Last update: 9 June 2020 - Dernière mise-à-jour: 9 juin 2020
1914 - 1943
This site is dedicated to the memory of Michael Trotobas.
Michael (Alfred) Trotobas was born on May 20th 1914 in North Place, Brighton, to a French father and Irish mother.
Michael Trotobas was recruited by the Special Operations Executive (SOE) in the UK. On 6th September 1941, Trotobas and Victor Gerson were dropped by parachute into
occupied France. After being met by SOE's advance party in Chateauroux he toured France to help assess the possibility of organizing subversive networks in the country.
On his return to London he suggested to the SOE that he should build a network in the Lille area. On 28th November, 1942, Trotobas and Gustave
Biéler, were dropped in northern France. Over the next few months Trotobas established the Farmer Network.
In February, 1943, Trotobas and his group achieved its first successful train derailment. Forty trucks were badly damaged and the Lens-Bethune line was closed for two days.
On 27th June he was back in Lille and leading a group of twenty men he attacked the locomotive works at Fives, one of the largest and most important in France. During
operation four million litres of oil were destroyed and twenty-two transformers damaged and the works were out of action for two months.
In October the Farmer Network caused four derailments in five days. The following month he also successfully sabotaged several factories in Lille. On 28th November,
the Gestapo managed to arrest one of the leaders of the group. After being tortured he gave the address where Trotobas was living. That night the flat was raided and
during the gun battle that followed Michael Trotobas was killed.
Sources of information and photos:
We can find numerous publications with entries which describe the distinguished service and ultimate sacrifice by Michael Trotobas:
- S.O.E. Archives File on Michael Trotobas at the UK's National Archives;
Trotobas and SOE in Northern France" by Stewart Kent and Nick Nicholas (2015 - ISBN 978-1-47385-163-4);
- Sabotage in France
During World War Two by Bernard O'Connor - (2015 - ISBN 1291592334);
- Story of War Hero Michael Trotobas" which is an article from "The Argus"
Here is an excerpt from issue #49 of "After the Battle" on both Michael Trotobas and Guy Biéler:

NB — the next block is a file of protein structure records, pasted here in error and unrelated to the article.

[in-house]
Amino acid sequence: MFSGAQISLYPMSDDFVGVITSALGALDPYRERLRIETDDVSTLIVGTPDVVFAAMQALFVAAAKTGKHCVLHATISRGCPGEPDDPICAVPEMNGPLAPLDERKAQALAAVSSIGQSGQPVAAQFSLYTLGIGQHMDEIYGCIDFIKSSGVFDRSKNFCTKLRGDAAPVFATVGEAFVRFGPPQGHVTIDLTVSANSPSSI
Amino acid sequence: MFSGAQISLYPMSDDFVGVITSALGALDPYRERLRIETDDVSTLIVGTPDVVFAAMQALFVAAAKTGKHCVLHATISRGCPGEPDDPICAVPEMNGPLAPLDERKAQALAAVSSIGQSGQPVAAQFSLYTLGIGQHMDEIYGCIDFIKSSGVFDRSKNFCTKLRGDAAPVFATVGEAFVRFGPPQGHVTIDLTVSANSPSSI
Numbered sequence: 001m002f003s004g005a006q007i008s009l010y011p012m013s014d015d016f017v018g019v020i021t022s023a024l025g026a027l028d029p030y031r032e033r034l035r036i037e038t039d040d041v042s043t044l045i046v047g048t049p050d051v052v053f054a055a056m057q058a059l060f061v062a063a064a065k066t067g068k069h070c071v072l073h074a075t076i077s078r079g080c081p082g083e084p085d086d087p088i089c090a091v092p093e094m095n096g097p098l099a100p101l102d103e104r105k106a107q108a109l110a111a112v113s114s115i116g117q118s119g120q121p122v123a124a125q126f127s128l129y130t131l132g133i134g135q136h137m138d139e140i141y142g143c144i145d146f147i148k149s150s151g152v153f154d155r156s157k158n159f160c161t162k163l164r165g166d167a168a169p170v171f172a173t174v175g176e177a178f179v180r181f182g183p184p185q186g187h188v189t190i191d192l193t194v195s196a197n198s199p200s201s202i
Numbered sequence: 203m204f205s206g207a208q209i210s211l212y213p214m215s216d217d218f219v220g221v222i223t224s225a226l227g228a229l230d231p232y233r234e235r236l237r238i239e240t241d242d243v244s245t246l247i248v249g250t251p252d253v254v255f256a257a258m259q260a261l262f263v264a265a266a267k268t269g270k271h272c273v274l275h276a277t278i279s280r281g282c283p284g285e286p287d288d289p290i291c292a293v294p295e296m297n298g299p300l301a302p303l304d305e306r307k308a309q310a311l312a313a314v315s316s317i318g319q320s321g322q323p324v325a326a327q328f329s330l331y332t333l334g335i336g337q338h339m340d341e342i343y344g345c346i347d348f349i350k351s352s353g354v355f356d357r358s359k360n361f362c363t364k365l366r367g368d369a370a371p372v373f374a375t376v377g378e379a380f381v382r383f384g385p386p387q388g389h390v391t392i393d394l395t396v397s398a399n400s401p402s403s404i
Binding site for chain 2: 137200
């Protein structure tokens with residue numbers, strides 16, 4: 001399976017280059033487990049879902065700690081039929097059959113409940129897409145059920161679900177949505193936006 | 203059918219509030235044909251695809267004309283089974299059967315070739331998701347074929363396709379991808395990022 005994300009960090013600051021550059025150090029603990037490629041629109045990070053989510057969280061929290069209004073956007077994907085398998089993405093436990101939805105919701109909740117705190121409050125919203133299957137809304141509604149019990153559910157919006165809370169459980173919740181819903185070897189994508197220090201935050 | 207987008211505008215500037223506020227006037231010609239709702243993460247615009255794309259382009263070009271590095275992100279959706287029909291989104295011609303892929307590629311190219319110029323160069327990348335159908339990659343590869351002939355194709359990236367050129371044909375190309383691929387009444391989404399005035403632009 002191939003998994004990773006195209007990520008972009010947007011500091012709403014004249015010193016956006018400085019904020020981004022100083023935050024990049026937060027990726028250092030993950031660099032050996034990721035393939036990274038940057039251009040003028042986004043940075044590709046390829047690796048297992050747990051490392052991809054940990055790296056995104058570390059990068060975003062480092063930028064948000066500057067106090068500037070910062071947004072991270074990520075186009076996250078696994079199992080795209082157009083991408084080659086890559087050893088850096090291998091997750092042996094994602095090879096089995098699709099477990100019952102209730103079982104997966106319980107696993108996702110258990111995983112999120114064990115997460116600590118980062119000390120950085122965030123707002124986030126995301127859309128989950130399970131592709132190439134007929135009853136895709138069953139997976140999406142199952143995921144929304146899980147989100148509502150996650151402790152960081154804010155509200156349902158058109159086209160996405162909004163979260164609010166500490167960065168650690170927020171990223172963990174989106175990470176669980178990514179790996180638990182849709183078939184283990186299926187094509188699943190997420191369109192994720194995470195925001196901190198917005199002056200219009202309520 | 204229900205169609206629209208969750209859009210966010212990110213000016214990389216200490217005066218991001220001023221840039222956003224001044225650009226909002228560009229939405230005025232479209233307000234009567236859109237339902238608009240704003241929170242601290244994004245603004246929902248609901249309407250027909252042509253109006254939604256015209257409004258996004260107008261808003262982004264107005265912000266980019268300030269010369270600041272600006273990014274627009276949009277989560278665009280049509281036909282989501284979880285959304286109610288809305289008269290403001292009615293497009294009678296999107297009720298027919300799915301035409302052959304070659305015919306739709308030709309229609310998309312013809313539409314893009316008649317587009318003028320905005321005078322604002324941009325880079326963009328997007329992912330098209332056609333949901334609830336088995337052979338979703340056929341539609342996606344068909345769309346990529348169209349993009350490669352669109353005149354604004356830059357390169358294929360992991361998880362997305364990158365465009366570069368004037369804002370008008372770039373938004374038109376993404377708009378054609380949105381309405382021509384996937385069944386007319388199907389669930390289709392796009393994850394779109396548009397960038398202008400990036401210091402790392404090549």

- Wikipédia entry for Michael Trotobas (in French);
- Book titled "Scarlet to Green by R.S. Elliot - (1981 - ISBN 096905470X).
In 1966, it was disclosed by the British authorities that the numerous derailments in that area of northern France were the work of two SOE resistance networks: FARMER
operating under its British-born leader Michael Trotobas, codenamed "Michel", and MUSICIAN led by Gustave Biéler, codenamed "Guy". Both had been dropped in France in November
1942, Michel settling in Lille and Guy further south at Saint-Quentin. As their area of operations straddled the important supply routes to the coast of northwestern France, the
intended invasion area, railways were to be their special targets. FARMER achieved its first successful derailment in February 1943 when forty railway trucks were destroyed on the
Lens-Béthune line which was closed for two days. By mid-summer the network was causing up to twenty derailments a week while the MUSICIAN group were cutting the Lille-Saint-Quentin line about once a fortnight, one of Guy's favourite forms of sabotage being the supply of abrasive grease to his railwaymen friends.
More than a thorn in the side of the Germans, Michael Trotobas was killed during a dawn raid on his lodging on November 28 - the street in Lille now being renamed "Rue du Capitaine Michel". Although more arrests followed, FARMER managed to remain intact. In mid-January 1944 Gustave Biéler was arrested (he was later executed at Flossenbürg) and the MUSICIAN network shattered. FARMER was able to carry on with the sabotage operations right up to D-Day.
Collection - Display - Michael Trotobas
In the left photo, on display is Michael Trotobas' personal log/journal covering early military training including personal photos.
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